Prisoners of a Long War

IT IS not just the successive state governments that the ordinary Kashmiri feels most betrayed by. They nurture a deep grouse against New Delhi for looking at the border state as a piece of real estate, the crown on India’s head that must be held at all cost. If they feel that the Centre has reacted only by flying in more and more troops, it is because the one policy that has marked its approach is that of containment. All governments have preferred the military option over a political solution. Over the last 20 years, various prime ministers have only made tall promises of granting maximum autonomy to the beleaguered state. Remember PV Narasimha Rao’s words – the sky is the limit; and Deve Gowda’s promise of ‘anything short of azadi’?
Apart from one feeble attempt during the NDA regime when the then home secretary Kamal Pande flew to Srinagar to begin a dialogue with the Hizbul Mujahideen, most political endeavours have revolved around aborted round table discussion with the Hurriyat Conference. In the 20th year since the insurgency began, Home Minister P Chidambaram is once again in secret parleys with the separatists. Will New Delhi ever muster the courage to move away from ‘containment’ and look at autonomy as a serious solution? The NDA did not because of the BJP’s own stand on scrapping Article 370, which vests Kashmir with special powers, and the UPA will not because it does not want to gift the BJP an emotive issue.
In two decades, various governments have also ignored advice coming out of the army headquarters in South Block and the BSF headquarters in Lodhi Estate. When battle-fatigued soldiers started committing suicide and shooting their own officers, the generals woke up to a simple fact – the solution to Kashmir would not come from military might. Ask army commanders, perplexed by the numbers of jawans killing themselves and their officers, and they will tell you that in Kashmir they are at best tolerated and at worst seen as an occupational force. Indeed, in an ironical twist, the army was forced to recruit 400 psychiatrists after 100 jawans and soldiers killed themselves in a little over a year. Internal introspections have centered on the lack of motivational leadership amongst officers. Several suicides have coincided with jawans not being able to get leave when they want to and prolonged separation from families wherein they have to serve in a hostile zone. The men in olive have got looped in the same vicious cycle of violence as the population they have been tasked to protect.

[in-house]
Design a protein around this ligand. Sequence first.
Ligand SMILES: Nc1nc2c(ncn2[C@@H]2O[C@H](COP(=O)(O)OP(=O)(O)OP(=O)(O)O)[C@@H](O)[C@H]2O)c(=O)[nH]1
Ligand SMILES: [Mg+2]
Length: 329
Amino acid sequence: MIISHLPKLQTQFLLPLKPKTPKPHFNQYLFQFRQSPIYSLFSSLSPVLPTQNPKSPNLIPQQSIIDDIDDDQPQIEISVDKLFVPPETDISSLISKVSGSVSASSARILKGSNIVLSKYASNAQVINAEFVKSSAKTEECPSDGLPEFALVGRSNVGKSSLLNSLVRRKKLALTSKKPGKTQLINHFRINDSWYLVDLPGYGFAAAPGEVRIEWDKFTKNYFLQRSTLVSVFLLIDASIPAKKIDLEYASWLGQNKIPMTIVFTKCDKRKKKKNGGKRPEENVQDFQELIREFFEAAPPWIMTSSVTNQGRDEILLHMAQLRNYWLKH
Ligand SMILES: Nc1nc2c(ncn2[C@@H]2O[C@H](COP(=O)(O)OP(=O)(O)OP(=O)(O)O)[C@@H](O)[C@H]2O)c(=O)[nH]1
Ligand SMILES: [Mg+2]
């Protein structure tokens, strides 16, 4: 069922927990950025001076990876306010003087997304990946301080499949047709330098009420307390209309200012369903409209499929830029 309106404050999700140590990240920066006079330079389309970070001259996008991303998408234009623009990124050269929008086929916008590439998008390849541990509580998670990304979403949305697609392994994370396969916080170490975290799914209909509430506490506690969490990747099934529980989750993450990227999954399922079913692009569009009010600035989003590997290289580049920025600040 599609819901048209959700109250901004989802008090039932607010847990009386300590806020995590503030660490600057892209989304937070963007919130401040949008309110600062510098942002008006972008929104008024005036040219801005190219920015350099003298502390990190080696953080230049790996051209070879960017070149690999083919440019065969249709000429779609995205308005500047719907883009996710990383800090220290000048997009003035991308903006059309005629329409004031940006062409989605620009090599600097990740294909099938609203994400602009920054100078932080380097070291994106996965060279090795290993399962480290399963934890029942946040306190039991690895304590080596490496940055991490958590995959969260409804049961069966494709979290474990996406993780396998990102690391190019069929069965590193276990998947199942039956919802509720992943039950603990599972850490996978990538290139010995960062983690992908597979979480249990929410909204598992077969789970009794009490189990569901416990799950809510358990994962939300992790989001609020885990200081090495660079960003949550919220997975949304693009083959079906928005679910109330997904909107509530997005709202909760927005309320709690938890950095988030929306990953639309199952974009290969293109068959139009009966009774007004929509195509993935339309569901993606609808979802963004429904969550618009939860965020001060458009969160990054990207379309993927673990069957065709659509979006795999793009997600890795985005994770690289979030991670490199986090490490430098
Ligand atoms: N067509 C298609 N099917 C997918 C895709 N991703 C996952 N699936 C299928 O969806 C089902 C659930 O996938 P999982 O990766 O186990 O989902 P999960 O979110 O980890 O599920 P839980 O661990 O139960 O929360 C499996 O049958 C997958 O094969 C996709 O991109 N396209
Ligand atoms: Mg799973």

If there is one urgent message the Centre needs to wake up to, it is this – the surface normalcy is a dangerous smokescreen. The Amarnath Yatra crisis that brought the state – both Jammu and Srinagar – to a boil was symptomatic of various faultlines. The graph of militant violence is down, yes, and so are the numbers of trained militants being infiltrated from across the border, but Kashmir is capable of slipping from the precarious precipice on which it is perched at a moment’s notice. In other words, the alienation that runs so deep, awaits political balm from New Delhi. So do the Pandits, who continue to languish in migrant camps nearly 20 years after they were forced to flee in the dead of night. Last year, when the state burned across both sides of the Pir Panjal, the question that stood out was this: When peaceful protests fail, what next? The same question still remains.
The deep psychological siege is claiming new recruits every day. Ask Dr Surrayah Qadeem, a young doctor who has turned to counselling patients after losing her own brother. Her patients today come from Shopian where Asiya Jan and her sister-in-law Nilofar were allegedly raped and killed. Says Qadeem, “One of the girls used to sit on the same bench as Asiya in school. She now has a constant dream in which Asiya is telling her that she too will be killed like she was killed. Another young girl from Shopian has dropped out of school because she has to cross an army camp to reach there and is too scared of doing that.”
Shopian is only the latest address in Kashmir’s long history of violence. It most certainly is not the last. And yes, mothers are no longer putting mehendi on the hands of their sons and sending them to Pakistan. They have rejected violence as the vehicle for greater autonomy. It is ‘India’ that they are looking to. Will somebody in New Delhi’s power corridor please stand up and listen to these prisoners of a long war.